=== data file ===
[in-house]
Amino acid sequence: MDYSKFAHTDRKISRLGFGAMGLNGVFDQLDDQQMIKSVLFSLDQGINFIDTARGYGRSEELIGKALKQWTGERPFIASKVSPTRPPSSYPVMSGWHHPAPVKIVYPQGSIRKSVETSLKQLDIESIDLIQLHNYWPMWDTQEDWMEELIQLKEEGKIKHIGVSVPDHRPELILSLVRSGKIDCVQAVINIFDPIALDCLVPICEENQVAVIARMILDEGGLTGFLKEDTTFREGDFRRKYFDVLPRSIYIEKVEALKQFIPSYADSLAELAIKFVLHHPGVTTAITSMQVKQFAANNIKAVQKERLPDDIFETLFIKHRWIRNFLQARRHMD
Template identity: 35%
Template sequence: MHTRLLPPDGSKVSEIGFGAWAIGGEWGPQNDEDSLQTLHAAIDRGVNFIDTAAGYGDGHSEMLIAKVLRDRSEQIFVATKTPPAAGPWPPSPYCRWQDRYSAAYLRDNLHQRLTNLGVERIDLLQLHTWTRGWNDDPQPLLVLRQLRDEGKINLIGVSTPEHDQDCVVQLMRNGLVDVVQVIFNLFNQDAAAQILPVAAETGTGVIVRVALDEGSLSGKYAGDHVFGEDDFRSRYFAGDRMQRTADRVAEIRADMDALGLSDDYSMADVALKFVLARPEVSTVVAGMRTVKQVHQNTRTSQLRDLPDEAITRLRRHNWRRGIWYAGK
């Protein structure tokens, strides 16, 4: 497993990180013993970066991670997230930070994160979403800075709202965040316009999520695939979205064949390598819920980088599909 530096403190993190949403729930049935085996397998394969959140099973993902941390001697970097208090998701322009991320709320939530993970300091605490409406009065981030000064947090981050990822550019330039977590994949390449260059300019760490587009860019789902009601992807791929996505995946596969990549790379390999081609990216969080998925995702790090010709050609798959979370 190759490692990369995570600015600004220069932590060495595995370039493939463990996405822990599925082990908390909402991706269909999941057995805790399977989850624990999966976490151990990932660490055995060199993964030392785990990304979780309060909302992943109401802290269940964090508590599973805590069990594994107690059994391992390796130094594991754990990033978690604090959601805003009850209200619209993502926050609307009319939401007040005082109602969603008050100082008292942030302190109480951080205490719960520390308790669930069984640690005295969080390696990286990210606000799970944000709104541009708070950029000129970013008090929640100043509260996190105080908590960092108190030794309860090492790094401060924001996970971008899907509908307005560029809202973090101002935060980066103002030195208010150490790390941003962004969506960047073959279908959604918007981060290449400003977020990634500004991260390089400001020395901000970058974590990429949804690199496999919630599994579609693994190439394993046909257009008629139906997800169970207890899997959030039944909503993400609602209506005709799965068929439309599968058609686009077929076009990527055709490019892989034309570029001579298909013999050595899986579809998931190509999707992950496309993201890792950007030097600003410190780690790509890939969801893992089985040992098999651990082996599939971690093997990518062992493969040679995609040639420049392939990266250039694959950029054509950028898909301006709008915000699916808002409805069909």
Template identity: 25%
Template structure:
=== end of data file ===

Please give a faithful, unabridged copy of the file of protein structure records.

[in-house]
Amino acid sequence: MDYSKFAHTDRKISRLGFGAMGLNGVFDQLDDQQMIKSVLFSLDQGINFIDTARGYGRSEELIGKALKQWTGERPFIASKVSPTRPPSSYPVMSGWHHPAPVKIVYPQGSIRKSVETSLKQLDIESIDLIQLHNYWPMWDTQEDWMEELIQLKEEGKIKHIGVSVPDHRPELILSLVRSGKIDCVQAVINIFDPIALDCLVPICEENQVAVIARMILDEGGLTGFLKEDTTFREGDFRRKYFDVLPRSIYIEKVEALKQFIPSYADSLAELAIKFVLHHPGVTTAITSMQVKQFAANNIKAVQKERLPDDIFETLFIKHRWIRNFLQARRHMD
Template identity: 35%
Template sequence: MHTRLLPPDGSKVSEIGFGAWAIGGEWGPQNDEDSLQTLHAAIDRGVNFIDTAAGYGDGHSEMLIAKVLRDRSEQIFVATKTPPAAGPWPPSPYCRWQDRYSAAYLRDNLHQRLTNLGVERIDLLQLHTWTRGWNDDPQPLLVLRQLRDEGKINLIGVSTPEHDQDCVVQLMRNGLVDVVQVIFNLFNQDAAAQILPVAAETGTGVIVRVALDEGSLSGKYAGDHVFGEDDFRSRYFAGDRMQRTADRVAEIRADMDALGLSDDYSMADVALKFVLARPEVSTVVAGMRTVKQVHQNTRTSQLRDLPDEAITRLRRHNWRRGIWYAGK
């Protein structure tokens, strides 16, 4: 497993990180013993970066991670997230930070994160979403800075709202965040316009999520695939979205064949390598819920980088599909 530096403190993190949403729930049935085996397998394969959140099973993902941390001697970097208090998701322009991320709320939530993970300091605490409406009065981030000064947090981050990822550019330039977590994949390449260059300019760490587009860019789902009601992807791929996505995946596969990549790379390999081609990216969080998925995702790090010709050609798959979370 190759490692990369995570600015600004220069932590060495595995370039493939463990996405822990599925082990908390909402991706269909999941057995805790399977989850624990999966976490151990990932660490055995060199993964030392785990990304979780309060909302992943109401802290269940964090508590599973805590069990594994107690059994391992390796130094594991754990990033978690604090959601805003009850209200619209993502926050609307009319939401007040005082109602969603008050100082008292942030302190109480951080205490719960520390308790669930069984640690005295969080390696990286990210606000799970944000709104541009708070950029000129970013008090929640100043509260996190105080908590960092108190030794309860090492790094401060924001996970971008899907509908307005560029809202973090101002935060980066103002030195208010150490790390941003962004969506960047073959279908959604918007981060290449400003977020990634500004991260390089400001020395901000970058974590990429949804690199496999919630599994579609693994190439394993046909257009008629139906997800169970207890899997959030039944909503993400609602209506005709799965068929439309599968058609686009077929076009990527055709490019892989034309570029001579298909013999050595899986579809998931190509999707992950496309993201890792950007030097600003410190780690790509890939969801893992089985040992098999651990082996599939971690093997990518062992493969040679995609040639420049392939990266250039694959950029054509950028898909301006709008915000699916808002409805069909």
Template identity: 25%
Template structure: